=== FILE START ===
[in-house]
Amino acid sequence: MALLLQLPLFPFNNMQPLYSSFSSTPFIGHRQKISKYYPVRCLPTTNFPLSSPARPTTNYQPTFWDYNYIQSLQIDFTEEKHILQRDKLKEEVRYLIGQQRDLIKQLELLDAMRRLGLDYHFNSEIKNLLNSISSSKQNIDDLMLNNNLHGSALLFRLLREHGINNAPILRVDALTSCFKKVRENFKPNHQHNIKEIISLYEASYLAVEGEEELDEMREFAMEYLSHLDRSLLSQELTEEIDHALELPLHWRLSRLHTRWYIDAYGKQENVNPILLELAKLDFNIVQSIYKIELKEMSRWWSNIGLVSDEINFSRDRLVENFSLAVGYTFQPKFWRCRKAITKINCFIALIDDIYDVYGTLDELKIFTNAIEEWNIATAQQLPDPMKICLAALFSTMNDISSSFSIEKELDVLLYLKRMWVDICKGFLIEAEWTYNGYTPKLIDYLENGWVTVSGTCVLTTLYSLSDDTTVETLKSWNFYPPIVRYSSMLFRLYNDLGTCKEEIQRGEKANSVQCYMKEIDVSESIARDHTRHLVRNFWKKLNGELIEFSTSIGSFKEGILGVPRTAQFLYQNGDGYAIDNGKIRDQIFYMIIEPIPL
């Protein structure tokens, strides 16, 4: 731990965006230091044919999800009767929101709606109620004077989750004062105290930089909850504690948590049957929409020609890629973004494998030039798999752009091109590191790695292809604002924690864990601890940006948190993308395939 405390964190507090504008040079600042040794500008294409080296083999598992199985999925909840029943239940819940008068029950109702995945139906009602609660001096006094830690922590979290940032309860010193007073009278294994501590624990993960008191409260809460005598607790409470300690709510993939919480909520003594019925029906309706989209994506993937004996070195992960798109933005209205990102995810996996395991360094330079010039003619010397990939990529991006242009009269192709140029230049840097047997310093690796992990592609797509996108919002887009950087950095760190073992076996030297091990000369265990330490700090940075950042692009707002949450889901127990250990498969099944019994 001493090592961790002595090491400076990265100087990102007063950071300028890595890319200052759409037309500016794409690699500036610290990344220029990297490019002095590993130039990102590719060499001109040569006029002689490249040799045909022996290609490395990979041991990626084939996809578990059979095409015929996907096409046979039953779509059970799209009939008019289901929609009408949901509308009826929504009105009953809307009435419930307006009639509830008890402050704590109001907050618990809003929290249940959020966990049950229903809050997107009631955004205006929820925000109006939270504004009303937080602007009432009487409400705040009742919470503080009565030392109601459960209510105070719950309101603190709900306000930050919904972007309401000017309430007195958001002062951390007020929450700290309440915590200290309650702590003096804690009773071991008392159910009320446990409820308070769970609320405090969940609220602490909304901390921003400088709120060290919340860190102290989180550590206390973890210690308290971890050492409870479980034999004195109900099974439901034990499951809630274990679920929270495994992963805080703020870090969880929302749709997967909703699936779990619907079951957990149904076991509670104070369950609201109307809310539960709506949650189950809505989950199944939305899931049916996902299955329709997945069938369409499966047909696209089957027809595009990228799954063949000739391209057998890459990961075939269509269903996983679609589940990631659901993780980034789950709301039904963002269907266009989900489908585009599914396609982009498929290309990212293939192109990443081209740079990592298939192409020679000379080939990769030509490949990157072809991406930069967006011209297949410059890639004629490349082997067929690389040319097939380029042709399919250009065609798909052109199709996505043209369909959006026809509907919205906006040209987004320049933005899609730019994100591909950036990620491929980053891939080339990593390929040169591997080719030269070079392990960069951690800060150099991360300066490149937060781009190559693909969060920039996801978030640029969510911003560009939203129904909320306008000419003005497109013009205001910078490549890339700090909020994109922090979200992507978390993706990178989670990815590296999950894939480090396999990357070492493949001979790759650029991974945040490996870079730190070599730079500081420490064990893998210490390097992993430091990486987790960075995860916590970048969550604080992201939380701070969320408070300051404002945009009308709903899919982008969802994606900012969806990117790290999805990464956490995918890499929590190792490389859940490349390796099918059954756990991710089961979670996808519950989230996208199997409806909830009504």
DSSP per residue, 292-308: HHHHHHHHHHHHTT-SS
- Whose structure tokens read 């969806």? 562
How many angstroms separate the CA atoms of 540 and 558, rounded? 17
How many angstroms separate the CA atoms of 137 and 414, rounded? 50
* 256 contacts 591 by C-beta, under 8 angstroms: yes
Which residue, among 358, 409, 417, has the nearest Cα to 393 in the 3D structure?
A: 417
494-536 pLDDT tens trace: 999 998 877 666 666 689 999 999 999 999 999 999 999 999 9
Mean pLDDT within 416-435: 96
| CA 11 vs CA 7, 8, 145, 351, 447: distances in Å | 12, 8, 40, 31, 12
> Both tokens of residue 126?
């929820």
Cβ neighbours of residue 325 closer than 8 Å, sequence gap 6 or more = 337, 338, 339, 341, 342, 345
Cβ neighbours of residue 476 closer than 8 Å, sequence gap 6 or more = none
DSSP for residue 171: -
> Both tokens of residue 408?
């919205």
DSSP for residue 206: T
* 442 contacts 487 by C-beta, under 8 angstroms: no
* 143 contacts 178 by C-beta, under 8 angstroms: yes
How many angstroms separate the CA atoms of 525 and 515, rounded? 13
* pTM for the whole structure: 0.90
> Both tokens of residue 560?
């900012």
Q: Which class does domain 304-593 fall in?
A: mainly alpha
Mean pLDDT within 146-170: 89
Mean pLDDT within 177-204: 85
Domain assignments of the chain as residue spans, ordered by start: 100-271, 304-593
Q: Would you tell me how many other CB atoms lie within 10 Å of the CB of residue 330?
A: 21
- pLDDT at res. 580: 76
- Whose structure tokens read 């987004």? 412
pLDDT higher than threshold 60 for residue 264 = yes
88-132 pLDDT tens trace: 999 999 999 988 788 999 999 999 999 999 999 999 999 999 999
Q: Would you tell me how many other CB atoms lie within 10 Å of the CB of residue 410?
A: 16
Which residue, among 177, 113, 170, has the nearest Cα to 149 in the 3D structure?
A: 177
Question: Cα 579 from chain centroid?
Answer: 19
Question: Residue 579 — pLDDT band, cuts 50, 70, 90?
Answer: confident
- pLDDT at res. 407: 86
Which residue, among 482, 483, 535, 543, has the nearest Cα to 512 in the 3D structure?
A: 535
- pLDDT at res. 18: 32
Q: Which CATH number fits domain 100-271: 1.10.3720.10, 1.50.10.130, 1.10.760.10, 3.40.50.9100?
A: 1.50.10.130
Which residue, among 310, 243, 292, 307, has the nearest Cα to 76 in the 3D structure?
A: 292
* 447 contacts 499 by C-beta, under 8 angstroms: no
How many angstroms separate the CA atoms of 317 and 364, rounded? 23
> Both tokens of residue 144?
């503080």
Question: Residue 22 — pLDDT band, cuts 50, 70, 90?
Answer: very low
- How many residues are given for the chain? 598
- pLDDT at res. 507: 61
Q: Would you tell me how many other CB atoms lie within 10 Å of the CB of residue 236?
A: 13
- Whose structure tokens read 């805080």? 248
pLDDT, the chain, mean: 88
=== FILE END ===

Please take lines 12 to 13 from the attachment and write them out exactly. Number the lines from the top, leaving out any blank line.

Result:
Mean pLDDT within 416-435: 96
| CA 11 vs CA 7, 8, 145, 351, 447: distances in Å | 12, 8, 40, 31, 12